Cloud Buzz – Danish CSP suffer ransomware attack
CloudNordic and AzeroCloud, Danish cloud hosting providers, have suffered a crippling ransomware attack, resulting in the loss of all customer data and widespread disruption. The attack, which occurred on August 18, 2023, saw criminal hackers infiltrate and shut down all systems, including websites, email systems, and customer data. Martin Haslund Johansson, director of AzeroCloud and CloudNordic, expressed his devastation at the incident, stating that he does not expect any customers to remain with them after this ordeal. The ransom demanded by the hackers amounts to around $156,000.
Both companies, which are owned by Certiqa Holding, have replaced their usual websites with a text post explaining the situation. They have also made it clear that they will not meet the financial demands of the ransom. While efforts are being made to assess the damage and potential for data restoration, the outlook appears grim. CloudNordic and AzeroCloud have admitted that it has been impossible to recreate most of the lost data, leaving the majority of their customers in a dire situation.
The cause of the attack is believed to be compromised servers that went undetected, followed by a data centre migration that connected these servers to the internal network used for managing all of their systems. Through this network, the hackers gained access to central administration systems and backup systems, encrypting all server disks and rendering them inaccessible. It is unclear which data centres CloudNordic and AzeroCloud operated in, but they have emphasised that there is no evidence of data being stolen.
In an effort to restore operations, the hosting companies have re-established blank systems, such as name servers, web servers, and mail servers. However, these systems do not contain any data from previous customers. CloudNordic and AzeroCloud have offered to restore customers on the same name servers and provide new web and mail servers, but without any previous data. They have also suggested that customers attempt to restore data from local backups or utilise the Internet Archive’s Wayback Machine as a potential source for copying data. The companies deeply regret the situation and express gratitude to their loyal customers for their support over the years. Read more here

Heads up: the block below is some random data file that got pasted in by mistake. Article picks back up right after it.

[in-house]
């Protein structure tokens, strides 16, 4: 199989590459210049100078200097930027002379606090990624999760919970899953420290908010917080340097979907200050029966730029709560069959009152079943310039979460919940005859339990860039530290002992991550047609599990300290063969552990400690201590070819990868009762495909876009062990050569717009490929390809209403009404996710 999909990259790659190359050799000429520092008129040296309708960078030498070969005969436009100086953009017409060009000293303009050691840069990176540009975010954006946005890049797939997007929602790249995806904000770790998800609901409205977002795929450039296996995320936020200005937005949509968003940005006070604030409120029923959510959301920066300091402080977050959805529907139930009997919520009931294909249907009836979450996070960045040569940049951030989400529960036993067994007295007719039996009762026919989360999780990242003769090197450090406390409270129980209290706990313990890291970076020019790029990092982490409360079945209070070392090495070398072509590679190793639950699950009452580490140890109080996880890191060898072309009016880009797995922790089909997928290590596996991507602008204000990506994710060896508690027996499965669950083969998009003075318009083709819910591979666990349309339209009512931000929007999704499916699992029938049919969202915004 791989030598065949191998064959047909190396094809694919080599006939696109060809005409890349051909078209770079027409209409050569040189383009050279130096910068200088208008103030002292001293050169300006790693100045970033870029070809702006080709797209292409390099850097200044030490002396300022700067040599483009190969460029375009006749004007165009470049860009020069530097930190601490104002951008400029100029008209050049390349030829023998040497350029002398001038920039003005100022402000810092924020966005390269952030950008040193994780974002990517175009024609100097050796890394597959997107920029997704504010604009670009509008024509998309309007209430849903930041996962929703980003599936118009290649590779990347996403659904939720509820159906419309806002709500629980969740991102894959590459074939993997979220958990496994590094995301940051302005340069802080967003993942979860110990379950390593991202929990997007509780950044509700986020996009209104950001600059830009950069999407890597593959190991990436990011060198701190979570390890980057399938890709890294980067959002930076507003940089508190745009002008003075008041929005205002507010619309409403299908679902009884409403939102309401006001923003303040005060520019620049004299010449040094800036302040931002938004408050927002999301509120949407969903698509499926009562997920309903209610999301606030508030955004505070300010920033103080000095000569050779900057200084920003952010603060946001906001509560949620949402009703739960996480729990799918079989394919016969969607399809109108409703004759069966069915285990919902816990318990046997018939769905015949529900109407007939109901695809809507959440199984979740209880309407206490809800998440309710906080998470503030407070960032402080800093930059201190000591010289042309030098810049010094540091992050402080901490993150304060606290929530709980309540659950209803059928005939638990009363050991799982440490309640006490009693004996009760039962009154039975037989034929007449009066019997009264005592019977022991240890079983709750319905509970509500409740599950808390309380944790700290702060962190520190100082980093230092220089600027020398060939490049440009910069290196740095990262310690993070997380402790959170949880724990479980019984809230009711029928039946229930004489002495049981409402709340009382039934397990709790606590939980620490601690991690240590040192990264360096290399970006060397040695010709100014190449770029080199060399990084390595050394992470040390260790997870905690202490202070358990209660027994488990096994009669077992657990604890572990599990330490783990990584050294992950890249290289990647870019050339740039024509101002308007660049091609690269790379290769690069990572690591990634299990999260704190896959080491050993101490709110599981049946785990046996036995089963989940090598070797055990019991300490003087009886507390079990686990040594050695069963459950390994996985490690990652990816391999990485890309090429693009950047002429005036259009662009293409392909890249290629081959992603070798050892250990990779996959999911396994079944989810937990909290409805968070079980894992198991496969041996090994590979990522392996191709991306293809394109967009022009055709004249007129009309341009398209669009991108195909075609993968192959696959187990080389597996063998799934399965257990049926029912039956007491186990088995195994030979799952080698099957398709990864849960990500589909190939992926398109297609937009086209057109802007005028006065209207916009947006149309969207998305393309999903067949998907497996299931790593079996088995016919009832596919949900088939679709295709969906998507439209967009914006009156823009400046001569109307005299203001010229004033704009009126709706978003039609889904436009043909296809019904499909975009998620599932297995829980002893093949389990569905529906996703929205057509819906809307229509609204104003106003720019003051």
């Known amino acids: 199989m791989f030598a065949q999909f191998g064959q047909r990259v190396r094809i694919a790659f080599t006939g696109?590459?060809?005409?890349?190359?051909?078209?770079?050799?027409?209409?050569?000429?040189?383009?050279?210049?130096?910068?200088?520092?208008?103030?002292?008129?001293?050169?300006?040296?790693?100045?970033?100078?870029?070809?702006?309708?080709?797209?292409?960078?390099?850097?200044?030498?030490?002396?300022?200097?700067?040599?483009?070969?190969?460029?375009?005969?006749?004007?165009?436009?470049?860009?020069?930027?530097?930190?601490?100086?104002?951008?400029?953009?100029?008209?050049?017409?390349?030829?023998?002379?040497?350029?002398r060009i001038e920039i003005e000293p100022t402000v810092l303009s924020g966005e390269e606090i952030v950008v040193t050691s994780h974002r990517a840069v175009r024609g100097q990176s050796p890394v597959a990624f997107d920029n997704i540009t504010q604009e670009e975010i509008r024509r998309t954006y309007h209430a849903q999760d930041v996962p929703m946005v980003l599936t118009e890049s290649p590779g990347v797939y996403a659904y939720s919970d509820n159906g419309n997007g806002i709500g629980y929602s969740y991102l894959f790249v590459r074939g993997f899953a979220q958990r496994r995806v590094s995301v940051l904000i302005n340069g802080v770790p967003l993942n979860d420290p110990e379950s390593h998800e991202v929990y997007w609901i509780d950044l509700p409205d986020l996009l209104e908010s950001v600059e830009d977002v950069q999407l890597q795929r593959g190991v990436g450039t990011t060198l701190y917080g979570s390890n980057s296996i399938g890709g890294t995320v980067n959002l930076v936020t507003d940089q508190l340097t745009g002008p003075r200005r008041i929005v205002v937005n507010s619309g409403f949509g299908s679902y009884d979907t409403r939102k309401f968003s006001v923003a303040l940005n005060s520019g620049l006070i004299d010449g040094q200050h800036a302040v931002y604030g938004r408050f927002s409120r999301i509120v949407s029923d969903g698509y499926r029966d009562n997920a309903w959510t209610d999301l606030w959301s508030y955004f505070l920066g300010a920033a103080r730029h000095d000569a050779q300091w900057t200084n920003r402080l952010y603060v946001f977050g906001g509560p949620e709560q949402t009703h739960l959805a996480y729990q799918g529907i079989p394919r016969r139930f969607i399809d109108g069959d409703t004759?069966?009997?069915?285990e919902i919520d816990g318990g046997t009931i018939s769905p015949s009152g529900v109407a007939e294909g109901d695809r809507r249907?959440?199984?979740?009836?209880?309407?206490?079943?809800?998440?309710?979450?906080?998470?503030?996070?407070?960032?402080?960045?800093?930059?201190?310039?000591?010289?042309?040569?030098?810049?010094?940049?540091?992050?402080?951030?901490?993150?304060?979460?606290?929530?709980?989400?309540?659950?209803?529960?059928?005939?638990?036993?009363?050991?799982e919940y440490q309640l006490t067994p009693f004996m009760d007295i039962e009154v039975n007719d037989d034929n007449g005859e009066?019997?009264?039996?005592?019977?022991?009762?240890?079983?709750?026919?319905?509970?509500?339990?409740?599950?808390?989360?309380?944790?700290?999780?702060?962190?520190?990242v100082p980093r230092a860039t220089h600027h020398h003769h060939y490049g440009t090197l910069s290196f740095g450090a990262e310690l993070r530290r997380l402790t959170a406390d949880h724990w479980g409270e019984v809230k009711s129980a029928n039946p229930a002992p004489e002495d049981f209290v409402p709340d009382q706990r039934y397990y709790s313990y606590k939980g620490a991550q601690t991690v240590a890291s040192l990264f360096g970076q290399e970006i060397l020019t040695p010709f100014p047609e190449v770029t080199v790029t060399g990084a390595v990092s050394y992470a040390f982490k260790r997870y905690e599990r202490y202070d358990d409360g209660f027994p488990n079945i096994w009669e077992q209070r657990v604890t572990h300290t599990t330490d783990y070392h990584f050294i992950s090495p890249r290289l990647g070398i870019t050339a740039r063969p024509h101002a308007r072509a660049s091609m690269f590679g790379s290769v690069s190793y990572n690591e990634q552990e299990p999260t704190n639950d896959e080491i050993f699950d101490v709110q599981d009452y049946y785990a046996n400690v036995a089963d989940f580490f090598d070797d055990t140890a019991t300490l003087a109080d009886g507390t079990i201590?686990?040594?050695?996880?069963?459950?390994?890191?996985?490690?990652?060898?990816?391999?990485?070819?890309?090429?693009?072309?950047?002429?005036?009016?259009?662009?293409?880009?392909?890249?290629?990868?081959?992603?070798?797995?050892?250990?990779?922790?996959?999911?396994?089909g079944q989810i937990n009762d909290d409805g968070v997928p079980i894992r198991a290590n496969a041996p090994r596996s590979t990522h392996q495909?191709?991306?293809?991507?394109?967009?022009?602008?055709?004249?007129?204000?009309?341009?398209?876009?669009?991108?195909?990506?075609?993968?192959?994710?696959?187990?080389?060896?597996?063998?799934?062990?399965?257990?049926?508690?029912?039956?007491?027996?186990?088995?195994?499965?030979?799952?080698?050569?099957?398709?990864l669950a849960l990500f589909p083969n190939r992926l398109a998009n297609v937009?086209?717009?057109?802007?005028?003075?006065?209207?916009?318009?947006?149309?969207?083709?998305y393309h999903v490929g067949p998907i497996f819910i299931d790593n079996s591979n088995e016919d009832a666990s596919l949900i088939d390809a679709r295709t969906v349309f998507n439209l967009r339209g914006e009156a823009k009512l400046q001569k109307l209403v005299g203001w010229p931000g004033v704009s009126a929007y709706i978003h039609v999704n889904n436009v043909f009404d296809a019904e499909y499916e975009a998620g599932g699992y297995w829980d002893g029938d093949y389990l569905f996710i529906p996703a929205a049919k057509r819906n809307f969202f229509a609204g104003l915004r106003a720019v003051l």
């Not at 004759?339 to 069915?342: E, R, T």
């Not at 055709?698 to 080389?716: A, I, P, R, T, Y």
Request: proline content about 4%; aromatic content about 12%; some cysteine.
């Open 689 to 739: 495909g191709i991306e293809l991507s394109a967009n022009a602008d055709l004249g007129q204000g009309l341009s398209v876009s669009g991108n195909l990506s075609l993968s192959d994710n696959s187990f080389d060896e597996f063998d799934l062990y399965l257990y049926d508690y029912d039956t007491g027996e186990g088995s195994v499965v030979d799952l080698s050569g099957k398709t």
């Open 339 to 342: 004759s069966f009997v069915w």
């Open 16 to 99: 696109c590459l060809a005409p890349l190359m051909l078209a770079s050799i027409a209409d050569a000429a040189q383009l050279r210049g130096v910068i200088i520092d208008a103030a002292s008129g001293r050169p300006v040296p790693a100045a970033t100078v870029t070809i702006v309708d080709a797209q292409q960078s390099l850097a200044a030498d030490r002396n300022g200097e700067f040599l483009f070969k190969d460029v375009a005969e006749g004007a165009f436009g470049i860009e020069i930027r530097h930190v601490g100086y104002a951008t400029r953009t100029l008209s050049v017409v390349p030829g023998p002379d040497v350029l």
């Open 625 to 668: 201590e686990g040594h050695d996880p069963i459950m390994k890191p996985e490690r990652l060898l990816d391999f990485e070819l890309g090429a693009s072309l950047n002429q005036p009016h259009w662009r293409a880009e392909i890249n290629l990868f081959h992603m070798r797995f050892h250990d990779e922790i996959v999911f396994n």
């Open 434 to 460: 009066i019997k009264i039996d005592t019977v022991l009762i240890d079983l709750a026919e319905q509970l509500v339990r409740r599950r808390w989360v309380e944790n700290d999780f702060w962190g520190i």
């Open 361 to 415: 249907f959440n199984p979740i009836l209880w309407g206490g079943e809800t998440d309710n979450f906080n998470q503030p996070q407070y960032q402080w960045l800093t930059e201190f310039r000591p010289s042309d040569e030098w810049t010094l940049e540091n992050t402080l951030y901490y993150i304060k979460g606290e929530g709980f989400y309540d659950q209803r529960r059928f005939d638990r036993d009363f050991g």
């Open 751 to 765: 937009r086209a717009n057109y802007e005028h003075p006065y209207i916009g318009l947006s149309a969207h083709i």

Inside Scoop – iseek Appoints Cloud Services Expert Mark Pratley as Chief Operating Officer
Leading Australian digital infrastructure operator iseek has appointed industry veteran Mark Pratley as Chief Operating Officer (COO) to spearhead the company’s growth and diversification in the digital services ecosystem.
Mr Pratley brings 30 years’ experience in cloud services, strategy, and new product development to iseek, gained in senior leadership roles at Oracle, Telstra, IBM, Kaz Group and Advantra.
Mr Pratley delivered substantial earnings and efficiency improvements as Regional Director at Oracle, more than doubling the company’s cloud footprint to 13 regions and implementing global data-driven customer engagement programs. Prior to Oracle, he was a General Manager for Telstra Product driving the successful market entry into IaaS, PaaS and SaaS offerings with Telstra’s Cloud Services, a globally leading shared infrastructure platform, entirely locally operated which saw Annualised Recurring Revenue (ARR) surpass $200 million within three years.
As iseek COO, Mr Pratley will be responsible for the development of channel partners and customers while also improving the company’s critical infrastructure operations across Queensland, NSW and South Australia. Read more here
Trend Tracker: Amazon maintains stance on WFH
Amazon CEO Andy Jassy has sent a clear message to employees who are resistant to returning to the office: “It’s not going to work out for you.” This statement was reportedly made during a recent meeting.
Despite facing backlash from employees, Amazon implemented a policy in May requiring employees to work in the office for three days a week. Thousands of workers expressed their dissatisfaction by signing a petition and even staging a walkout in protest.
However, Jassy’s stance on the matter remains unchanged. In a leaked recording of the meeting, he emphasised the need for employees to “disagree and commit,” stating that those who are unwilling to do so may not be a good fit for Amazon. He also mentioned that his decision to bring employees back to the office was a judgment call and that those who refuse to comply are free to leave the company.